Getting Around Lyon With Limited Mobility

Some of the streets of the Old Town in Lyon are more accessible than you might think
Some of the streets of the Old Town in Lyon are more accessible than you might think | © Chun Ju Wu / Alamy Stock Photo
For a city that is known for its winding cobbled streets and narrow alleys, Lyon is surprisingly accessible. Now visiteurs handicapés, those with limited mobility whether physical or sensory can get round without a hitch. Here’s how.

Lyon’s historic Roman ruins, exemplary architecture and top-class food scene make it a prime destination for a Europe getaway. But though the city has its draws, its not without its challenges: it sits at the foot of Fourvière Hill, so much of it is on a steep incline and the historic areas, Vieux-Lyon and Croix-Rousse, are made up of mazes of narrow cobblestone streets. But the city has made a huge effort to ensure it’s accessible to people of all levels of mobility, and has even been recognised with the European Commission’s annual Access City Award.

Must-know tips

The best way to navigate Lyon is to know your routes. Many, if not all, tourist attractions are accessible with knowledge ahead of time. Saint-Jean Baptiste Cathedral offers a ramp to the far left of the entrance, while the Gadagne Museum has a hidden accessible side entrance.

Regardless of where you are headed, start your journey at the tourist office in Place Bellecour. All facilities here are tailored to visitors of all accessibility levels. Once you arrive at the office, a member of staff will be happy to discuss the best ways you can access the city. There are hearing loops, and a high-contrast relief city map, as well as specialist advisors who can help tailor your itinerary.

When visiting Lyon, all museums offer open and accessible entrances for all travellers. Many even grant special pricing for disabled visitors. The Museum of Fine Arts offers specialist tours for deaf, hearing-impaired, or blind visitors, while the Printing and Graphic Design Museum has staff trained to help, whatever your sensory impairment. For example, the visually impaired can book a special tour ahead of time to be able to touch the materials.

The Henri Malartre Automobile Museum offers adapted descriptions for all exhibits, while the Gallo-Roman Museum of Lyon-Fourvière can do tours in sign language. The Institut Lumière, a museum dedicated to the brothers and founders of film-making, Auguste and Louis, as well as the Resistance and Deportation History Centre and the Tony Garnier Urban Museum, will also facilitate visitors with limited mobility.

How to get around

Lyon’s public transport is arguably the city’s toughest obstacle for those with limited mobility; 49 of the city’s metro and funicular stops are accessible to wheelchairs, but many of these aren’t in the city’s tourist districts. The easiest way to get between sites is with a wheelchair; luckily, the city’s tourist areas have wide, flat pavements. Most of the main tourist destinations (museums, churches and frescoes) are centralised in one area, making it easy to skip public or private transportation.

What to see

Many of the city’s attractions are in Vieux-Lyon – the Old Town. This area is rife with ancient cobblestones lining narrow, winding streets. The tourist office will equip you with a map, outlining the best streets to traverse the district on. The city also offers accessible walking tours of the area, as well as the Basilica of Notre Dame de Fourvière, and the Gallo-Roman Ruins and Museums. The tour will guide you through these sights, and you’ll stop for lunch at an accessible spot in the Old Town. The route concludes in the Presqu’île neighbourhood, with a spate of great dining options nearby.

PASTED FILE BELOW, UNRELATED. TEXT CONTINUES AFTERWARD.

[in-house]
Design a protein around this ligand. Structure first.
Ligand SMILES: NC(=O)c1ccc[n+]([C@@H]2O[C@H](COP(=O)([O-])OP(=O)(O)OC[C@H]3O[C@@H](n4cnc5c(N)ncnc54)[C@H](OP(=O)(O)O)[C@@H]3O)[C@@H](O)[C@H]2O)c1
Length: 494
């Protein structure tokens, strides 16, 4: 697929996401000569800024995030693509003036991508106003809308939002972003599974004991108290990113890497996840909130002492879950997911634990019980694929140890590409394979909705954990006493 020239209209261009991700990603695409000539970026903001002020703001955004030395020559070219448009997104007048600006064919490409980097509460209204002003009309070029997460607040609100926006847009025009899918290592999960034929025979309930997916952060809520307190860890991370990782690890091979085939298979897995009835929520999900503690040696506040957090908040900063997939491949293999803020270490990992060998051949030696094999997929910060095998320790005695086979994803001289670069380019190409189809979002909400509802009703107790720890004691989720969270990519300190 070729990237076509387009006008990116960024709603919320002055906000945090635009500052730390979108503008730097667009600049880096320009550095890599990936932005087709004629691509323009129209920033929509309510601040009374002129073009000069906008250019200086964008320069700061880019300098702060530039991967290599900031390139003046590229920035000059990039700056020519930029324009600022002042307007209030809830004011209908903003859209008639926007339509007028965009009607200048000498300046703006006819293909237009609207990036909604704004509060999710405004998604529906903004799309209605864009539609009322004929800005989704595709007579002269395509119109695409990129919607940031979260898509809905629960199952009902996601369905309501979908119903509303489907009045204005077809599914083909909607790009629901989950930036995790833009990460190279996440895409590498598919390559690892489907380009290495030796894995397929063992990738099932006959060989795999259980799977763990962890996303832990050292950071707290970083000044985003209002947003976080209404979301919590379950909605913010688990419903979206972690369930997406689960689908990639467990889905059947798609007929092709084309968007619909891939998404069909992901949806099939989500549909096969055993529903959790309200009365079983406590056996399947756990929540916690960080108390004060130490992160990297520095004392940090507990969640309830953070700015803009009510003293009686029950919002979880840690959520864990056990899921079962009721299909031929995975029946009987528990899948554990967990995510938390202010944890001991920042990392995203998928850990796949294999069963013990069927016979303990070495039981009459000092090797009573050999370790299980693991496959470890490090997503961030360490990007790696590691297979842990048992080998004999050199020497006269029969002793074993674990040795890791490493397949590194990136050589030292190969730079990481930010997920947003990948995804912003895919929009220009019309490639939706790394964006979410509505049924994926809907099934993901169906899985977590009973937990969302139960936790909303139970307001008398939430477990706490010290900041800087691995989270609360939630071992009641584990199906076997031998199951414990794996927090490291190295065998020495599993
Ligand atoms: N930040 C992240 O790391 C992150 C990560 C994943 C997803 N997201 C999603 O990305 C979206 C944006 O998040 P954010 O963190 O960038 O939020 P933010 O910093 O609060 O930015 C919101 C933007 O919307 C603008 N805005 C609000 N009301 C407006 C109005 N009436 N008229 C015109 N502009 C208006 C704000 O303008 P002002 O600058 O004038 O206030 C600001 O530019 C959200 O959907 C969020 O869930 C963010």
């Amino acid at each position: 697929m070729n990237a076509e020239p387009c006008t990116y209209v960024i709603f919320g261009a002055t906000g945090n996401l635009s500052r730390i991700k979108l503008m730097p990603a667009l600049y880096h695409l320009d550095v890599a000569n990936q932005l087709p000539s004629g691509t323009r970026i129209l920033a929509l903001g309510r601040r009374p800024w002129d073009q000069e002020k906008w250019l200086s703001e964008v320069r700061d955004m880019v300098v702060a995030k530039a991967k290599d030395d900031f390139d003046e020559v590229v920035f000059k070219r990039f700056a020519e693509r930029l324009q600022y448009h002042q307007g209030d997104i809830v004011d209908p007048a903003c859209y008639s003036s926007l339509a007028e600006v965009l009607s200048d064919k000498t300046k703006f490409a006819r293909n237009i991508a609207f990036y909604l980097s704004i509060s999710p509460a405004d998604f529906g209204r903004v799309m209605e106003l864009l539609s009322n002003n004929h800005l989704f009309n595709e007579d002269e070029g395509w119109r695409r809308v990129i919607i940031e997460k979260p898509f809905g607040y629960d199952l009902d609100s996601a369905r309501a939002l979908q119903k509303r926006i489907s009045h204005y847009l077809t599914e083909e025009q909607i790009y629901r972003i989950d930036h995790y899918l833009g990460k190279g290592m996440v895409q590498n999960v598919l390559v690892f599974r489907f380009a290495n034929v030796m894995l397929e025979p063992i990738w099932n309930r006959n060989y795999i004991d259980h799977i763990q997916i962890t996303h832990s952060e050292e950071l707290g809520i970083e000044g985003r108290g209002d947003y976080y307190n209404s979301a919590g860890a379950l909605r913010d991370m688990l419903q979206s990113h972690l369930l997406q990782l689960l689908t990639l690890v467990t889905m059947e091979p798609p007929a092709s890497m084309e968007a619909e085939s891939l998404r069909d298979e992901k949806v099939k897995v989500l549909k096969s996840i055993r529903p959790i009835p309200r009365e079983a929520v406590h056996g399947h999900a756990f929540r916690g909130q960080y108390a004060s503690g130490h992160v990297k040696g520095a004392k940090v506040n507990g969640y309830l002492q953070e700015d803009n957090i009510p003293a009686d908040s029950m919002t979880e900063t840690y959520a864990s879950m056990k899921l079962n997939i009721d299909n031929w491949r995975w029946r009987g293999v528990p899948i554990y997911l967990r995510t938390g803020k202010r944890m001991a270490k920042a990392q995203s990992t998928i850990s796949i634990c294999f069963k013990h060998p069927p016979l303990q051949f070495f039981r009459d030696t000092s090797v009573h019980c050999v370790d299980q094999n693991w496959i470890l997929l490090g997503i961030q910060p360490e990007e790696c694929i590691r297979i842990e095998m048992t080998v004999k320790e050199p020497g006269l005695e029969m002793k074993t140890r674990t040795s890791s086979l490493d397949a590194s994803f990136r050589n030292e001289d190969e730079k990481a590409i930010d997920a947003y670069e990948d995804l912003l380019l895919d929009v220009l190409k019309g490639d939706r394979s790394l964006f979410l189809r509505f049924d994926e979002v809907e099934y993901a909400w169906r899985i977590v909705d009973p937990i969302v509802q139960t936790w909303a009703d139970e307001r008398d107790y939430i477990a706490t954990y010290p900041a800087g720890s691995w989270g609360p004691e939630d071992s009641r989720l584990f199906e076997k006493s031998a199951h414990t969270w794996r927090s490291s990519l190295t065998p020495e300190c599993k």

Where to stay

Avoid older hotels – though they may come with history, lifts tend to be outdated and break often. La Villa Florentine is a stand-out: it sits at the top of the Fourvière and provides sweeping views of the city. Once a 17th-century convent, the Relais & Château hotel has been majestically renovated hotel with a superb terrace, swimming pool and on-site sauna and spa, making a case to never leave the five-star spot. Or, check into Hôtel Lyon-ouest: this relaxing spot is on the banks of the Saône, with many of the rooms overlooking the river. It’s in the city centre, making it easy to get to shops, restaurants and tourist sites. It also offers a shiny three-star brasserie from chef Davide Consonni, a fitness room and a host of other in-hotel offerings.

Where to dine

There’s an extensive selection of restaurants around the city that offer up full experiences for accessibility challenged diners. Some even offer talking menus for the visually impaired, while all are accessible by wheelchair. In the second arrondissement (Cordeliers, Bellecour, Ainay, Perrache, Confluence), find Les mangeurs de Toiles or Les Vieux-Garçons. The former is an intimate cave with light, innovative dishes and the latter, on the river, is ideal for wine and coffee. In the third arrondissement (the Left Bank of the Rhône), a Saint-Amour restaurant – Lyon Dakar – offers casual cuisine with an African leaning. In the sixth arrondissement try Parc de la Tête d’Or, le Book-Lard (a bright, all-day spot with a vegetable-focused menu and an accessible patio) or le Comptoir Joa (a fine-dining spot with a laid-back brunch).

No-gos and areas to avoid

Despite Lyon being an incredibly accessible city, there are a few areas that prove difficult to manoeuvre. Around the Basilica of Notre Dame and the Roman ruins, you’ll find an extremely steep hill and set of stairs. Both are spectacular sites, but the daunting stair set and the uneven ground can be difficult for those with limited mobility.